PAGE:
At our recent Gregorian chant retreat, we were having discussions about the ways in which chant illuminates text. Suddenly one of the participants said, “The meaning is in the sound.” It actually brought the class to a momentary halt as we all pondered his thought. What a wonderful insight! It reminded us of Dom Eugene Cardine’s statement: “The sound of chant is drawn from the sound of the text.” In fact, we had spent most of our time working “by ear” at that point in the retreat, and this gave us just the opportunity we needed to return and review the chants we had already covered to see how this thought bore out.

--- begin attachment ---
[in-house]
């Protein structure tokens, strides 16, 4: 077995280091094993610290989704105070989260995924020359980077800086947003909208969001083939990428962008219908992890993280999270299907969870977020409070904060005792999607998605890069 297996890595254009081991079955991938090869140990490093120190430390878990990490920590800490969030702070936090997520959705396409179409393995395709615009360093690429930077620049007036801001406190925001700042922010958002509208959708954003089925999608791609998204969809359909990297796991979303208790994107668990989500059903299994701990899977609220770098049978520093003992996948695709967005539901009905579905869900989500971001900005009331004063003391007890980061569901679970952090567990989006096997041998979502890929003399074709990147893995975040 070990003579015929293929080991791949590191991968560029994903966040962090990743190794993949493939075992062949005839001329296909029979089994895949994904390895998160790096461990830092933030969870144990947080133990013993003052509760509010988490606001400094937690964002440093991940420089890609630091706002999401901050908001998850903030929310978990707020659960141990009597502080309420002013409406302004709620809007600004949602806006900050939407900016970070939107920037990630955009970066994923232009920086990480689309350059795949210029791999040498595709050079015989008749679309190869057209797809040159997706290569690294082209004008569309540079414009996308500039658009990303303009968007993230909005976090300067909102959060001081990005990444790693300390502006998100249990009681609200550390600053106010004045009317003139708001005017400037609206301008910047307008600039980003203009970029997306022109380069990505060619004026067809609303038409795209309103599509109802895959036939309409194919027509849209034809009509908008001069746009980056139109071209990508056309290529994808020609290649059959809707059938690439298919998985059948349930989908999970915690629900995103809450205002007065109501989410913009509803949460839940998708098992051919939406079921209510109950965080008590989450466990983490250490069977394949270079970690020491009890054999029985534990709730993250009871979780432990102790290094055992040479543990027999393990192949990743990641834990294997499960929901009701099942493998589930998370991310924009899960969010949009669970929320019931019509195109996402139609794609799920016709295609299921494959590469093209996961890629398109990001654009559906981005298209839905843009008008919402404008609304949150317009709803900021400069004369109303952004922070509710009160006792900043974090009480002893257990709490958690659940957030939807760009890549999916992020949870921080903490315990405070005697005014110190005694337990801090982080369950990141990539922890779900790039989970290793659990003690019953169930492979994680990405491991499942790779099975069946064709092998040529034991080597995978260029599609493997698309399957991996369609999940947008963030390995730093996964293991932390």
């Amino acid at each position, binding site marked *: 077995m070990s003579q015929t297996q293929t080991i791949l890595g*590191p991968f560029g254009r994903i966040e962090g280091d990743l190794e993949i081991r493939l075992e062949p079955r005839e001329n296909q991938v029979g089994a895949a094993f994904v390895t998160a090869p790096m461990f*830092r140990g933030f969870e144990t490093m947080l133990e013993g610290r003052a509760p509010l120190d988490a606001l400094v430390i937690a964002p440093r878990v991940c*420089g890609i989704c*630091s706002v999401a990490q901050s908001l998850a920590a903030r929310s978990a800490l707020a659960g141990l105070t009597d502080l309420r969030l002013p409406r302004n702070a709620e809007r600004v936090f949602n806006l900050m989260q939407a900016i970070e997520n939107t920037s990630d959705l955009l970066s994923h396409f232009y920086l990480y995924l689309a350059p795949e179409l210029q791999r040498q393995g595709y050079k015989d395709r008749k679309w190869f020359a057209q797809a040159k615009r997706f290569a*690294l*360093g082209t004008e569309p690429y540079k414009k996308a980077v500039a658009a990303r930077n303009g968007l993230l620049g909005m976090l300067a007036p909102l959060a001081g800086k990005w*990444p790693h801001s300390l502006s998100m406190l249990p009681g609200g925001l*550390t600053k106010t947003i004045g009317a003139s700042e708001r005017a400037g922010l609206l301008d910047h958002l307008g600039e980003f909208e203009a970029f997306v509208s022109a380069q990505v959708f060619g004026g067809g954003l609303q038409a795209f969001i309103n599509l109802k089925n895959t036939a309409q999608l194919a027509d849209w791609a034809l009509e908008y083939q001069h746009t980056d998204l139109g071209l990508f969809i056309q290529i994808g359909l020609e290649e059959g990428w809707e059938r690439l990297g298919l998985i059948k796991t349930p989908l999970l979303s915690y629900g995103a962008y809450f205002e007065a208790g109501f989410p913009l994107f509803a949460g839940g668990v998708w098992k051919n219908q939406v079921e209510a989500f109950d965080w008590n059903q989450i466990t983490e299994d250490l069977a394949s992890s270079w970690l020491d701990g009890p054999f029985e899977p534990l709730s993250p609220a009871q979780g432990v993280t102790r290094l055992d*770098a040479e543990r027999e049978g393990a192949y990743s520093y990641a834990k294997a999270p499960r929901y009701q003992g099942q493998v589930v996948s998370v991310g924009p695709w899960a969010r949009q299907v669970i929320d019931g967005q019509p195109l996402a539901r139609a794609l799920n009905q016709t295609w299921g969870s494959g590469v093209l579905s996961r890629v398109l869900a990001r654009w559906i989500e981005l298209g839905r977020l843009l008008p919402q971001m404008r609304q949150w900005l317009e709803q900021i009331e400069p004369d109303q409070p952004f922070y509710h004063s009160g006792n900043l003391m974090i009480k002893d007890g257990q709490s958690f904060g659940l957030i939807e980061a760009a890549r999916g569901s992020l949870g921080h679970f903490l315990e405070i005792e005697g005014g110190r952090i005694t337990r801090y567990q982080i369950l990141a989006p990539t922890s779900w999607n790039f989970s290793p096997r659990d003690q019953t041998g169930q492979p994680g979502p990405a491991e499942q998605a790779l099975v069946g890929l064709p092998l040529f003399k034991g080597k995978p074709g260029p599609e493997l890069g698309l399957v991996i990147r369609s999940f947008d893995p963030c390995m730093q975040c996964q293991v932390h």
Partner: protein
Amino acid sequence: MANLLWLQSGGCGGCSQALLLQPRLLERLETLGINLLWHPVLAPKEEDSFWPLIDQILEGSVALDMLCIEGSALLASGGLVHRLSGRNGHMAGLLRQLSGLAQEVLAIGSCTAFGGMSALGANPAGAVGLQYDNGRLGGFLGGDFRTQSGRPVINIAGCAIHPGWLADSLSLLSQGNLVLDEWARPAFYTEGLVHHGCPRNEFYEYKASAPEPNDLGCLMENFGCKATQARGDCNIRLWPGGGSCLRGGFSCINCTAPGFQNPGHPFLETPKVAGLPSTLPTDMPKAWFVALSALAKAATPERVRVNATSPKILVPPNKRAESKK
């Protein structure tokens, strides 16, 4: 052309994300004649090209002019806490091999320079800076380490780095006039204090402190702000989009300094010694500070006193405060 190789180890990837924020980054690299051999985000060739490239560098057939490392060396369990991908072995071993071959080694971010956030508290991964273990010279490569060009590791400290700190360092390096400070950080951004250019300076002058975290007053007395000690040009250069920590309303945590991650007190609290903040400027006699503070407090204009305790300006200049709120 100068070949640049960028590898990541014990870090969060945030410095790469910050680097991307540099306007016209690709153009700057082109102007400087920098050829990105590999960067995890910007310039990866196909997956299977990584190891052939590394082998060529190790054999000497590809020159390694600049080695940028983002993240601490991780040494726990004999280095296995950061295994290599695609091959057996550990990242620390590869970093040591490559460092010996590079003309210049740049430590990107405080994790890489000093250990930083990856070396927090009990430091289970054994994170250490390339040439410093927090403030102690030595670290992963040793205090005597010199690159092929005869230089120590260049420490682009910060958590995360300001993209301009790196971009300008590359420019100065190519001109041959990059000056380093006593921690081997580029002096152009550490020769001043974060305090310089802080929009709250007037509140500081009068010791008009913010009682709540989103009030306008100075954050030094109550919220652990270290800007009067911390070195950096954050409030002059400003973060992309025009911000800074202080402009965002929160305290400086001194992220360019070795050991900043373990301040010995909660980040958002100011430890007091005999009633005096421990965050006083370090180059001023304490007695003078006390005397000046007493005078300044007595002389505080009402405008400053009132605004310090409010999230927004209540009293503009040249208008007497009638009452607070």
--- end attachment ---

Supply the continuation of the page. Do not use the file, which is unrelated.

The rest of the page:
One of the simplest but most profound examples was the Kyrie from the daily “per annum” chant mass. This Kyrie, with its opening scalar uplift of a major 3rd, has a gentle sense of supplication and is based on the interval of a 3rd — the interval often associated with the music of children!
Perhaps this person’s insight – the meaning is in the sound – might give all of us a moment to reflect that, as we chant, the sound we hear is itself speaking to us about the text we are praying.